Regulation of pro-inflammatory genes and pathways in neoplastic cervical epithelia pathogenesis
Anthonio Oladele Adefuye, Ogheneochuko Janet Adefuye, Henry Ademola Adeola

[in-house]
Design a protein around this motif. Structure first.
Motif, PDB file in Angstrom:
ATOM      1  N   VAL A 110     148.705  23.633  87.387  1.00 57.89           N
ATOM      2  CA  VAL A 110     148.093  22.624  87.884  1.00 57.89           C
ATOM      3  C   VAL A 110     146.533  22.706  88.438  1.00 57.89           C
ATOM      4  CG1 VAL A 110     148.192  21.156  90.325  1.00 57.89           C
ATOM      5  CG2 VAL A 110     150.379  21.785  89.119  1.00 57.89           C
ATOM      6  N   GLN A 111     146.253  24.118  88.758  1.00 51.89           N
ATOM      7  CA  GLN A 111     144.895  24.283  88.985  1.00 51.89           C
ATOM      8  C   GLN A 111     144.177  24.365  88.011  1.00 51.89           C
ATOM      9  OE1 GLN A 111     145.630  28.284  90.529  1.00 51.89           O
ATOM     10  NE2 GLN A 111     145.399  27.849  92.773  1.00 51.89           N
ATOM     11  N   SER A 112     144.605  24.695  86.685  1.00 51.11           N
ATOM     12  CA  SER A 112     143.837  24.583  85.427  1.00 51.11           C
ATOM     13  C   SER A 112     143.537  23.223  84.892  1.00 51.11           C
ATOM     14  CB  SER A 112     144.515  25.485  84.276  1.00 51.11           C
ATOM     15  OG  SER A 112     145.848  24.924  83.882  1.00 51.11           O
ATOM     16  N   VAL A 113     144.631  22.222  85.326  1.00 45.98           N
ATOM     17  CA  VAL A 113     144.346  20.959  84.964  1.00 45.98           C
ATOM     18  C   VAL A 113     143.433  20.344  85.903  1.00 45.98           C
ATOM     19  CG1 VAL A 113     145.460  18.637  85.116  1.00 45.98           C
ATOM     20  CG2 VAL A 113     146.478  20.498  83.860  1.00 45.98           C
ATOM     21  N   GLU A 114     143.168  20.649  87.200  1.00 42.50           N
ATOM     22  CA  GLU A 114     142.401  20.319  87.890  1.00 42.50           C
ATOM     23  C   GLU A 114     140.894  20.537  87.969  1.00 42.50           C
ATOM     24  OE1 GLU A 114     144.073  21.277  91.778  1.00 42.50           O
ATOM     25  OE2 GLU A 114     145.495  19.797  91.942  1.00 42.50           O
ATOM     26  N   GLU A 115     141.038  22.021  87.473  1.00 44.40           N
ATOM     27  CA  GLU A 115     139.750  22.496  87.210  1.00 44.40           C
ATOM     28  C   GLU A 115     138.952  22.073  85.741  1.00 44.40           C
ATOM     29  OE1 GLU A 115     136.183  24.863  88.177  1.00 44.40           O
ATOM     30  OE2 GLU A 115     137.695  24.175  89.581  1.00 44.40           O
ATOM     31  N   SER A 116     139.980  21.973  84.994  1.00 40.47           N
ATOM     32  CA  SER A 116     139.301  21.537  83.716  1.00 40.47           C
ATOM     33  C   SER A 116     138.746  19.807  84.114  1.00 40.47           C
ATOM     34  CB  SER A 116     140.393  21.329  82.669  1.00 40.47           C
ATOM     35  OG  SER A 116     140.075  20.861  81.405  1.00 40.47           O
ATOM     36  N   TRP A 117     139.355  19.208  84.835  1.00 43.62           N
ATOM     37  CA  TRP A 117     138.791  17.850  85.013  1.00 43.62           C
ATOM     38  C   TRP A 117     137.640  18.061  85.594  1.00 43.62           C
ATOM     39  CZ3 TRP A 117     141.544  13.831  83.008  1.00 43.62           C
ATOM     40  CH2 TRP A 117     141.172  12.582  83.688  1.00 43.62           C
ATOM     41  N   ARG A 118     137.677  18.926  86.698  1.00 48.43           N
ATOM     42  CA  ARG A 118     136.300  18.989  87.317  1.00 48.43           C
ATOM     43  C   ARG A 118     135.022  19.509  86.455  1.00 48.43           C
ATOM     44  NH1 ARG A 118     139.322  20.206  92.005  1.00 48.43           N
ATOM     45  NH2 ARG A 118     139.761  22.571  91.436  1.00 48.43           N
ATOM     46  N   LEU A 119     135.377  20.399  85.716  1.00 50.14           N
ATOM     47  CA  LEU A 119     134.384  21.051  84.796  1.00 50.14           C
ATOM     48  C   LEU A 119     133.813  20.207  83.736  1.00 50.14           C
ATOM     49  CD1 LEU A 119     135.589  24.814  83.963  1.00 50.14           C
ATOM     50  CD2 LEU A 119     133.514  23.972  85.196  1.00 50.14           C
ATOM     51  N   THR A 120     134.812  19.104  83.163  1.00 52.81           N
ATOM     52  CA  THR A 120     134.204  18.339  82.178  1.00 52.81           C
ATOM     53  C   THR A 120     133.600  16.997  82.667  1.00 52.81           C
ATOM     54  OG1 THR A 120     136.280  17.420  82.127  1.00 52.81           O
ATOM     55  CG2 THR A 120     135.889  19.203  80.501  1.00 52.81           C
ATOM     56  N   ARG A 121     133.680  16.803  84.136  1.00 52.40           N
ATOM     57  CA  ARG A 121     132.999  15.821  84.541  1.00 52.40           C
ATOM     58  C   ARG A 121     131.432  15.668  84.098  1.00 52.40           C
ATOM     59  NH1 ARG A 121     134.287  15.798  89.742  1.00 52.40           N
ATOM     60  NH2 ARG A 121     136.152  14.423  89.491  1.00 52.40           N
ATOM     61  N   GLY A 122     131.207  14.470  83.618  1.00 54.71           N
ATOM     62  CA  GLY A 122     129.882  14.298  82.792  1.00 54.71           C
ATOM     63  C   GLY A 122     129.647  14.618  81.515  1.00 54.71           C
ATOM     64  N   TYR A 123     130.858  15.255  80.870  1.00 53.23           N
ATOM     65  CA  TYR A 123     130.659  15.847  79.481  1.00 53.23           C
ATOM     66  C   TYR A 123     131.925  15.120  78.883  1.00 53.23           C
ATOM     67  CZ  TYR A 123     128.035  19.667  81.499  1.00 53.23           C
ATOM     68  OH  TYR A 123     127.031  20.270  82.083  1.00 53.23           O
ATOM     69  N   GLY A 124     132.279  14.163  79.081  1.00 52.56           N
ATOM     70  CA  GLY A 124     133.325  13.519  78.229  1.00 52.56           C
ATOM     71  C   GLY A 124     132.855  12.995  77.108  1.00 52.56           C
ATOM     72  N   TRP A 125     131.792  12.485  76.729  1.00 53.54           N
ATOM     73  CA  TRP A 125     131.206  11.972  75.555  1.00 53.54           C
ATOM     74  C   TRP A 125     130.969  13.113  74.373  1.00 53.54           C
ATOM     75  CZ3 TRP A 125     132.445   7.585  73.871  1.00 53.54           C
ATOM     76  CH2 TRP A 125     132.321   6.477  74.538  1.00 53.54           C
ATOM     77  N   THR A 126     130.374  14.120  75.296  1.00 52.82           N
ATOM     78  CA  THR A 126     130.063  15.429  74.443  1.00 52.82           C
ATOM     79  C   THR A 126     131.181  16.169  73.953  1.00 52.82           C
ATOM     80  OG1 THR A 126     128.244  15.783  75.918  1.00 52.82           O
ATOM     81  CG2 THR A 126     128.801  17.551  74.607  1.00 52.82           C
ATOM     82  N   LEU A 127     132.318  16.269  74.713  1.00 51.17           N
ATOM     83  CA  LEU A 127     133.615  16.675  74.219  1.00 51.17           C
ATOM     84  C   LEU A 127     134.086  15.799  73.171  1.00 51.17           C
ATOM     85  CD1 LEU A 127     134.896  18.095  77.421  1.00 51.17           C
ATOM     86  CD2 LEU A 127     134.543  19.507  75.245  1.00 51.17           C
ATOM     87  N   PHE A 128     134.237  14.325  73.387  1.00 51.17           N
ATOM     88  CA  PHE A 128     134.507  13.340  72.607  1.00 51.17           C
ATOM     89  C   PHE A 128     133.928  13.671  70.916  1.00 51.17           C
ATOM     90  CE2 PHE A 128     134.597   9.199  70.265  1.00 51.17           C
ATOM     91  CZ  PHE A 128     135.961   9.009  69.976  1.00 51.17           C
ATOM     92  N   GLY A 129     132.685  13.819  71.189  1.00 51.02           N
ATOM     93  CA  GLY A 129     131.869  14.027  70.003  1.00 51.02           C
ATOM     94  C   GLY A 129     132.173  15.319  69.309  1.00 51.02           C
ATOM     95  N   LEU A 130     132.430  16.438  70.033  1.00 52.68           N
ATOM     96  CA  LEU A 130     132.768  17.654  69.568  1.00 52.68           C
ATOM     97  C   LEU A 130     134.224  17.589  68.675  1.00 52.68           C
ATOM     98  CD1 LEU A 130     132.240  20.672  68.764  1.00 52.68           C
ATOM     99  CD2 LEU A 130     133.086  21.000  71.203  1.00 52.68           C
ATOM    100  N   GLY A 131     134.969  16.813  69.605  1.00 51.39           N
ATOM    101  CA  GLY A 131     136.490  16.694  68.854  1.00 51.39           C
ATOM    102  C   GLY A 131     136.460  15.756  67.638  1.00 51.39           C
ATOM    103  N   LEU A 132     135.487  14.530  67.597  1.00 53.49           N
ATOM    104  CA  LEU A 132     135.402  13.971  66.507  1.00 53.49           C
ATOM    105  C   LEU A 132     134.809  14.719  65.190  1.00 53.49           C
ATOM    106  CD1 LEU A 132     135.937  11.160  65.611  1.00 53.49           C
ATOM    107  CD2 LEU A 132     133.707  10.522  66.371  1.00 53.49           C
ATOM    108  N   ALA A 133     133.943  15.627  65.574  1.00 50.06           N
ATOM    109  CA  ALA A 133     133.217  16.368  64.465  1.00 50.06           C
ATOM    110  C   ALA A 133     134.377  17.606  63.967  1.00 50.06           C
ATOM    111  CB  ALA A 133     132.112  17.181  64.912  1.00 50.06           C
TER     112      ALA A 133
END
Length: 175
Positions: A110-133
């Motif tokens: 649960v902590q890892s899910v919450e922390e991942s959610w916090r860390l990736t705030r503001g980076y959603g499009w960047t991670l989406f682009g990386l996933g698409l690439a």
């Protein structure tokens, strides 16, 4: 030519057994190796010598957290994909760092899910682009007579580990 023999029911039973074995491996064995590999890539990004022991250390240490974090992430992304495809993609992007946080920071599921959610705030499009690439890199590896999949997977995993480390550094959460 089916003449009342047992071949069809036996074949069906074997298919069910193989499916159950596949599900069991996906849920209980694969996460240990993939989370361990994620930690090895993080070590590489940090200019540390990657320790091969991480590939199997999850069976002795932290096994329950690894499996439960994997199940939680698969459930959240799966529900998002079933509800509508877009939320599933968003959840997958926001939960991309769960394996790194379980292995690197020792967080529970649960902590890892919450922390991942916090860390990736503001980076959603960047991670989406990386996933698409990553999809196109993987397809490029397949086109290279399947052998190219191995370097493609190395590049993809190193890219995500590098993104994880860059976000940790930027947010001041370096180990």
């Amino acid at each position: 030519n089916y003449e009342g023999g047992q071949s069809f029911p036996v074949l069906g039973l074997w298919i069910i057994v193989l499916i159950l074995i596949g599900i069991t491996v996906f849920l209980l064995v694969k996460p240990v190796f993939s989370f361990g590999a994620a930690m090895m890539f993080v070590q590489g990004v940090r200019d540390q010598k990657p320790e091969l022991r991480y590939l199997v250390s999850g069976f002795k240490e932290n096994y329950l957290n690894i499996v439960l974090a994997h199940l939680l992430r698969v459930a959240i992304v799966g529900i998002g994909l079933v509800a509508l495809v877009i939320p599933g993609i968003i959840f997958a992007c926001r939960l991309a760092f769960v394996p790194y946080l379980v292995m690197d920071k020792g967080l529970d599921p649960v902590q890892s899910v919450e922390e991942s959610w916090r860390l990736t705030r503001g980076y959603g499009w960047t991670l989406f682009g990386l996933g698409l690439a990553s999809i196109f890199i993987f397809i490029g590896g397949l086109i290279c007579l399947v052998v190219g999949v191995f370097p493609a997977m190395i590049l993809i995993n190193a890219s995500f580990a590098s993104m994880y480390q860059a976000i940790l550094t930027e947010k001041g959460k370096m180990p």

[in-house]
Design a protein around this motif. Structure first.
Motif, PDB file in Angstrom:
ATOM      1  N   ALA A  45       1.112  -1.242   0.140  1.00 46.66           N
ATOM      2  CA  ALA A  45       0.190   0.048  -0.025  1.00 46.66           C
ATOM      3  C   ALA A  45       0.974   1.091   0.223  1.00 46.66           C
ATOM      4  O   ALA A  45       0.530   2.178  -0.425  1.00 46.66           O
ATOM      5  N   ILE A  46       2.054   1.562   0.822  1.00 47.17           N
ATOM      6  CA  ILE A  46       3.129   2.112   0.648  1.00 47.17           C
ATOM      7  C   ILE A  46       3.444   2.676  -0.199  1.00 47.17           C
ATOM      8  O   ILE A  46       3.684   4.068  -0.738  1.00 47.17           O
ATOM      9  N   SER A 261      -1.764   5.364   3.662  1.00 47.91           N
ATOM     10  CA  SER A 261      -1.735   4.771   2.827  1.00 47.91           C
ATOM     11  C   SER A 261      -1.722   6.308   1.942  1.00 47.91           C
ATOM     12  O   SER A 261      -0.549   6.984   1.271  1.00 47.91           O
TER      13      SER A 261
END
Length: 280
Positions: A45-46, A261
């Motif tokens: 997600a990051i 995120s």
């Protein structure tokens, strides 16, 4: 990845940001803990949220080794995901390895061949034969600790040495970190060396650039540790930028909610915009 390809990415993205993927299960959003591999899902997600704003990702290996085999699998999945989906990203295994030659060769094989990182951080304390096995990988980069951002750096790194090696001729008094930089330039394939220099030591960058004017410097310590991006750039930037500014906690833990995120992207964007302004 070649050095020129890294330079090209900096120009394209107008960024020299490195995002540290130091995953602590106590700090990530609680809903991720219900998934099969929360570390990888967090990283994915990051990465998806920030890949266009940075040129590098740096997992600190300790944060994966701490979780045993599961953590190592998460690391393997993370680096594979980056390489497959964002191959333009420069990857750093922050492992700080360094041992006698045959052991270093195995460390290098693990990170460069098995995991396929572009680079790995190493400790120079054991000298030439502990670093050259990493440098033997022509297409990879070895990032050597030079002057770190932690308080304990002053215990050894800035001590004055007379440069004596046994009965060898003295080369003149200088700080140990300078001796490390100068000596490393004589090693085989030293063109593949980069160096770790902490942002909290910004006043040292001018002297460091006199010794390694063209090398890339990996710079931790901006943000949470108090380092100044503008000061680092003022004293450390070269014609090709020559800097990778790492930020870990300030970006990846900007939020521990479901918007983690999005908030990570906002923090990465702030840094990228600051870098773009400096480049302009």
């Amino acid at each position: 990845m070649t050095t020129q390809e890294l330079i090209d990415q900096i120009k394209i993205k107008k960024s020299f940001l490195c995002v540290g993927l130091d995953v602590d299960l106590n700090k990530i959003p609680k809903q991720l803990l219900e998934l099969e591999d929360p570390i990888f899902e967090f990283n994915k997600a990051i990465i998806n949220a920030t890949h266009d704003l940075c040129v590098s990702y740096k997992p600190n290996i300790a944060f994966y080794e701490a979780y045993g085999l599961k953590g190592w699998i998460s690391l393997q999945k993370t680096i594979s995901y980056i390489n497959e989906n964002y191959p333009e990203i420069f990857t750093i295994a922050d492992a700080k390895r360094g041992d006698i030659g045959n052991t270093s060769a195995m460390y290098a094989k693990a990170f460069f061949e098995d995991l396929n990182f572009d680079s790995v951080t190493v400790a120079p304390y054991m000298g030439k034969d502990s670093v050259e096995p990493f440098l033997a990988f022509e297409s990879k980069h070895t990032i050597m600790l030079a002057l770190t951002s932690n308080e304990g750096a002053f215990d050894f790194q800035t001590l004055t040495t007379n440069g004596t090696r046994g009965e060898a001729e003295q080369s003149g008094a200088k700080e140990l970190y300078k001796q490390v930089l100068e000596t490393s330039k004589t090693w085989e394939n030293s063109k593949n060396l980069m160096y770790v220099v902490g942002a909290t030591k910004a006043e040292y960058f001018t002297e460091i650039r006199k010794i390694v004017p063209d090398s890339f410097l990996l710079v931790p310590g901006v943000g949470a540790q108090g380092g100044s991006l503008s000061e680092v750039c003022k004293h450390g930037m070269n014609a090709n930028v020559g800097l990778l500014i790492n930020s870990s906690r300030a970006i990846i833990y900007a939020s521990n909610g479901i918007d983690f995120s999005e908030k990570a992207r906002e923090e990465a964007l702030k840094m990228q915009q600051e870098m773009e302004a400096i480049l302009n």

Background: Inflammation and inflammatory response have been recognized as an essential hallmark and driver of tumor initiation and progression. Several components of the human seminal fluid (SF) have been previously implicated in initiating an inflammatory response in the healthy cervical epithelium after coitus. However, it was unclear whether the continuous application of SF to dysplastic or neoplastic cervical epithelium would aggravate a pre-existing neoplastic cervical lesion by further regulating the expression of pro-inflammatory cytokines and inflammatory biological pathways. Objectives: This study aimed at investigating gene arrays of inflammatory pathways that can be regulated by SF in neoplastic cervical epithelial cells, as a model to identify pro-inflammatory genes that could exacerbate neoplastic cervical inflammation and promote tumorigenesis in response to SF. Materials and Methods: HeLa-S3 cells were treated with SF (1:50 dilution) or Phosphatebuffered saline (PBS) (control) for 8 hours. Pooled cDNA from SF-treated HeLa-S3 cells were subjected to a quantitative real-time polymerase chain reaction on a TaqMan® 96-well plate human inflammation and cytokine/chemokine array platform, and fold expressions of inflammatory genes were determined. SF-regulated genes were subjected to gene enrichment analysis to evaluate functional pathways involved in cervical cancer progression. Results: SF was found to regulate the expression of arrays of inflammatory genes in neoplastic cervical epithelial cells. SF induced the expression of pro-inflammatory genes such as PTGS1 (2.43↑), IL-6 (4.19↑), IL-8 (38.93↑), Tumor Necrosis Factor (TNF) (26.55↑), IL-1α (68.56↑) and CXCL1 growth-regulated oncogene-alpha (GRO-α) (12.37↑), Toll-like receptor 2 (TLR2) (88.47↑), and transcription factor NF-κB (2.32↑), while downregulating the expression of anti-inflammatory mediators such as IL1R2 (5.0↓), hydroxyprostaglandin dehydrogenase 15-(NAD) (3.12↓), and suppressor of cytokine signaling 5 5 (>100↓). SF-regulated genes clustered into components of eicosanoid signaling, chemokine signaling, cytokine signaling, and TLR2 in HeLa adenocarcinoma cells. Conclusions: The findings of this study suggest that SF can potentially augment cervical tumorigenesis by regulating the induction of arrays of inflammatory pathways in neoplastic cervical epithelial cells. Induction of these inflammatory pathways may play a crucial role in cancer cell angiogenesis, proliferation, invasion, metastasis, and survival.